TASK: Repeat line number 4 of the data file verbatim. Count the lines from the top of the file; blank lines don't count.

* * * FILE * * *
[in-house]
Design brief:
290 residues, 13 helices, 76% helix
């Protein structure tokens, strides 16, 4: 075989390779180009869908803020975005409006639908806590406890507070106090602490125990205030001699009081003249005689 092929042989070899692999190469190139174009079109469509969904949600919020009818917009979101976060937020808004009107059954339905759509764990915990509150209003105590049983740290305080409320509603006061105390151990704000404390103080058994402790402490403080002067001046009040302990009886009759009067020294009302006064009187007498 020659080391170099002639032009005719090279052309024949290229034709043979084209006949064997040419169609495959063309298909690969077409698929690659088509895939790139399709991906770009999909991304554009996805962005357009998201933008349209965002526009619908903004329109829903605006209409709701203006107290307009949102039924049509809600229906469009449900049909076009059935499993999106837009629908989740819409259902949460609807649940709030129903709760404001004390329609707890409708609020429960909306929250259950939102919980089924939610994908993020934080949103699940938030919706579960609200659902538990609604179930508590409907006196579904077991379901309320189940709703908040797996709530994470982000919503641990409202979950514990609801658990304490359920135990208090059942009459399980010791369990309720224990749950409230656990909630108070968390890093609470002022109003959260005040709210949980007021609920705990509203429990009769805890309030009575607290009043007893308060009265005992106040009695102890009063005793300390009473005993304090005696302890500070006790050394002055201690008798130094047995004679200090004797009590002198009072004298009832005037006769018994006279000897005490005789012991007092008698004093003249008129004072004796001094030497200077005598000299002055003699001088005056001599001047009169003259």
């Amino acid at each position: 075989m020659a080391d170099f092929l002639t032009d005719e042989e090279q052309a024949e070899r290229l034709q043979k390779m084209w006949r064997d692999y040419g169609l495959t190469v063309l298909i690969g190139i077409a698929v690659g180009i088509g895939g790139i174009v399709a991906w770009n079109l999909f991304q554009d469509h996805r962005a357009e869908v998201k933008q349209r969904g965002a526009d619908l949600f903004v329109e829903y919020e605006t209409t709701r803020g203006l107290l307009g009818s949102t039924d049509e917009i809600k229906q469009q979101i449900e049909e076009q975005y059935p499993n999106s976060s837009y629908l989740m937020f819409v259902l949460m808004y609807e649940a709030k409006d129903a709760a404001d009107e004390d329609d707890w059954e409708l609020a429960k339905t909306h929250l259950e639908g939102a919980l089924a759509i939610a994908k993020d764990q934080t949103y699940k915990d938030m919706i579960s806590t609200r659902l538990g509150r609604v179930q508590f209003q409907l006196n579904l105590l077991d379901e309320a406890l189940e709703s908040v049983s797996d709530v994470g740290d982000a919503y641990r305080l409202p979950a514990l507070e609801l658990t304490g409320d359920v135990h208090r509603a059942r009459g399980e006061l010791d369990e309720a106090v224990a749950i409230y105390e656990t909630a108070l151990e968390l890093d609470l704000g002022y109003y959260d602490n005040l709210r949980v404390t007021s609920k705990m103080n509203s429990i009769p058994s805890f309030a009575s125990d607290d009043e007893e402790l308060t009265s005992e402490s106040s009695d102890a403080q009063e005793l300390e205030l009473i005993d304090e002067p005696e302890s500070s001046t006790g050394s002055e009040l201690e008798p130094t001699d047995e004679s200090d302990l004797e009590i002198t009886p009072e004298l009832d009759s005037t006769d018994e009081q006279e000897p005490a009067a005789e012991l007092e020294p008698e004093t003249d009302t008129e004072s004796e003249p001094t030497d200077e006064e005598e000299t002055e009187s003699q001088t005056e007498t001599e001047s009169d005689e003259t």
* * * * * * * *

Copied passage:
């Protein structure tokens, strides 16, 4: 075989390779180009869908803020975005409006639908806590406890507070106090602490125990205030001699009081003249005689 092929042989070899692999190469190139174009079109469509969904949600919020009818917009979101976060937020808004009107059954339905759509764990915990509150209003105590049983740290305080409320509603006061105390151990704000404390103080058994402790402490403080002067001046009040302990009886009759009067020294009302006064009187007498 020659080391170099002639032009005719090279052309024949290229034709043979084209006949064997040419169609495959063309298909690969077409698929690659088509895939790139399709991906770009999909991304554009996805962005357009998201933008349209965002526009619908903004329109829903605006209409709701203006107290307009949102039924049509809600229906469009449900049909076009059935499993999106837009629908989740819409259902949460609807649940709030129903709760404001004390329609707890409708609020429960909306929250259950939102919980089924939610994908993020934080949103699940938030919706579960609200659902538990609604179930508590409907006196579904077991379901309320189940709703908040797996709530994470982000919503641990409202979950514990609801658990304490359920135990208090059942009459399980010791369990309720224990749950409230656990909630108070968390890093609470002022109003959260005040709210949980007021609920705990509203429990009769805890309030009575607290009043007893308060009265005992106040009695102890009063005793300390009473005993304090005696302890500070006790050394002055201690008798130094047995004679200090004797009590002198009072004298009832005037006769018994006279000897005490005789012991007092008698004093003249008129004072004796001094030497200077005598000299002055003699001088005056001599001047009169003259």